Behind the legislation that engulfed Arizona in a firestorm over the treatment of gays is an influential Evangelical-Christian lobby that is deep in the trenches of America’s culture wars.
Founded in 1995, many see the Center for Arizona Policy as the vanguard in the fight to preserve traditional values, which supporters see as under attack from a lifestyle that threatens the family and sanctity of marriage, and from a viewpoint that devalues the unborn in the name of women’s choice.
At the state Capitol, the center is widely regarded to be the state’s most influential lobby. Even its enemies agree with that view — and for a good reason.
In the past two decades, the center has successfully persuaded the state’s leaders to enact more than 120 measures — from restricting abortion to giving heterosexual couples adoption preferences to expanding parents’ ability to use state dollars to send their children to private and parochial schools.
Fueling this success is a savvy strategy, a keen understanding of the nuances of the legislative process, and a powerhouse in the center’s president — Cathi Herrod. To critics, Herrod is a bully who gets her way by putting her foot down — on lawmakers’ necks. But to supporters, she is a smart strategist, an effective articulator of the center’s agenda and a fearless apologist of the conservative right.
Up to this week, the center’s level of influence in shaping Arizona’s political agenda has been unparalleled, although the courts have also struck down several laws it advocated for, including a measure that sought to defund Planned Parenthood and to ban abortion beyond 20 weeks of pregnancy.
But some say the defeat of SB1062 has put the center in shaky territory, and many are pouncing on its perceived vulnerability.
“CAP has consistently led Republican legislators over a right-wing cliff,” said Chris Herstam, a veteran lobbyist and former GOP legislator. “If SB1062 does not once and for all convince Republican-elected officials to be leery of Cathi Herrod and her mission to undercut the gay rights movement, I don’t know what else will. Governor Brewer’s appropriate veto sends the message that CAP homophobia is not going to trump state economic development and Arizonans’ growing desire to see equality for all.”
Republican publicist Jason Rose said the center misfired in asking Republicans to pass the bill because now the Republican Party “looks like a bunch of goofs.”
But the center’s supporters said the criticism is misplaced and it is based on the erroneous assumption that lawmakers are coerced into voting for its agenda.
“They certainly aren’t the Pied Piper leading people to vote a certain way,” said Senate President Andy Biggs. “Nobody forces anybody to vote for anything down here. If you are controlled by somebody down here other than your conscience and your principles and what you think is best for your constituency, you probably shouldn’t be down here.”
Biggs said that instead, the center’s influence is derived from an obvious political calculus — many lawmakers believe in its causes, and their constituents also agree with CAP’s priorities.
This meshing of ideological positions is obvious, former House speaker Kirk Adams told the Arizona Capitol Times.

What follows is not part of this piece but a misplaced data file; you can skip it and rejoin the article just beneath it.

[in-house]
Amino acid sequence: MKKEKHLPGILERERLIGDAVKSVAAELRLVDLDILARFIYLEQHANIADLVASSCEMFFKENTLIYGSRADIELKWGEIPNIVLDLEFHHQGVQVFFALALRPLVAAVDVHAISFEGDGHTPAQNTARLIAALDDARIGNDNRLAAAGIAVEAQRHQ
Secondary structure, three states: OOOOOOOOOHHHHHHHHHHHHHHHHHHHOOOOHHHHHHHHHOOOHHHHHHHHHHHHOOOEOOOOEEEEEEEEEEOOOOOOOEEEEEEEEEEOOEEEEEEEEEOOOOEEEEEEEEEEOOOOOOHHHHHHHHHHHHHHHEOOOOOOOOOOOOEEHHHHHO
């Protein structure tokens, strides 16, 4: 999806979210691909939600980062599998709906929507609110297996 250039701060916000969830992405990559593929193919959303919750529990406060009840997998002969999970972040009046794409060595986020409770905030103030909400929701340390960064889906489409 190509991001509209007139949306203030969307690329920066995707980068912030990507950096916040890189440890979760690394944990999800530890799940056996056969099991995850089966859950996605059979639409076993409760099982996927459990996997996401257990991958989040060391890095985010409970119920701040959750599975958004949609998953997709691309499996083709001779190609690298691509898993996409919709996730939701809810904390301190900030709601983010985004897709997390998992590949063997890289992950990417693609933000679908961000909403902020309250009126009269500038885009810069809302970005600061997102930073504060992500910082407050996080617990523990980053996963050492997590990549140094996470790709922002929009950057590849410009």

He pointed out that the center doesn’t endorse or raise money for candidates and it doesn’t operate an independent group that spends heavily on elections. Its ultimate source of influence comes from its philosophical leanings, which legislators agree with, he said.
“The Republican caucus is strongly prolife. They’re not arm-twisted or convinced by Cathi or CAP to be prolife. They come down there as prolife elected officials,” Adams said.
“So when the Center for Arizona Policy supports legislation that fits with the Republican caucus’ already agreed-upon provisions, it’s a natural fit,” he said.
Adams added that the “narrative” that the center has led its allies to a rightwing cliff comes from folks who fundamentally disagree with the group’s position.
Yet privately, some Republican lawmakers have admitted their fear of crossing the center.
What many agree, including supporters and detractors of the center, is that beyond the political implications of SB1062, what’s unfolding is a social upheaval that’s been in motion for decades as the LGBT community clamors for rights and the religious push back, worried that this societal transformation would trample their rights of conscience.
Some see the center as simply on the losing side of an issue.
“There’s something about our time that we’re living within where sexuality and gender are these flash points,” said Prof. Linell Cady, director of Arizona State University’s Center for the Study of Religion and Conflict. “It is a strategy to stem the tide — yes. And I think attitudes have significantly changed.”
Indeed, while supporters of the ban on same-sex marriage, for example, insist that it is not inevitable here, a map created by Stateline.org shows that gay rights activists are rapidly advancing their cause.
Five years ago, only two states allowed same-sex marriage. Today, 17 states and the District of Columbia issue marriage licenses to gay and lesbian couples. Last year alone, seven states legalized same-sex unions, Stateline noted, adding that the change in attitude among Americans toward same-sex marriage is just as stark. In the last few weeks, federal judges in Virginia and Texas have struck down those states’ ban on same-sex marriage.
A Pew Center chart, which shows a map of the United States and where the states have stood on gay marriage over time, dramatically reflects on this profound sea change: In 2001, only 35 percent of Americans favored same-sex marriage, while 57 percent opposed it. Today, support hovers at the 50 percent mark, while opposition has dropped to 43 percent.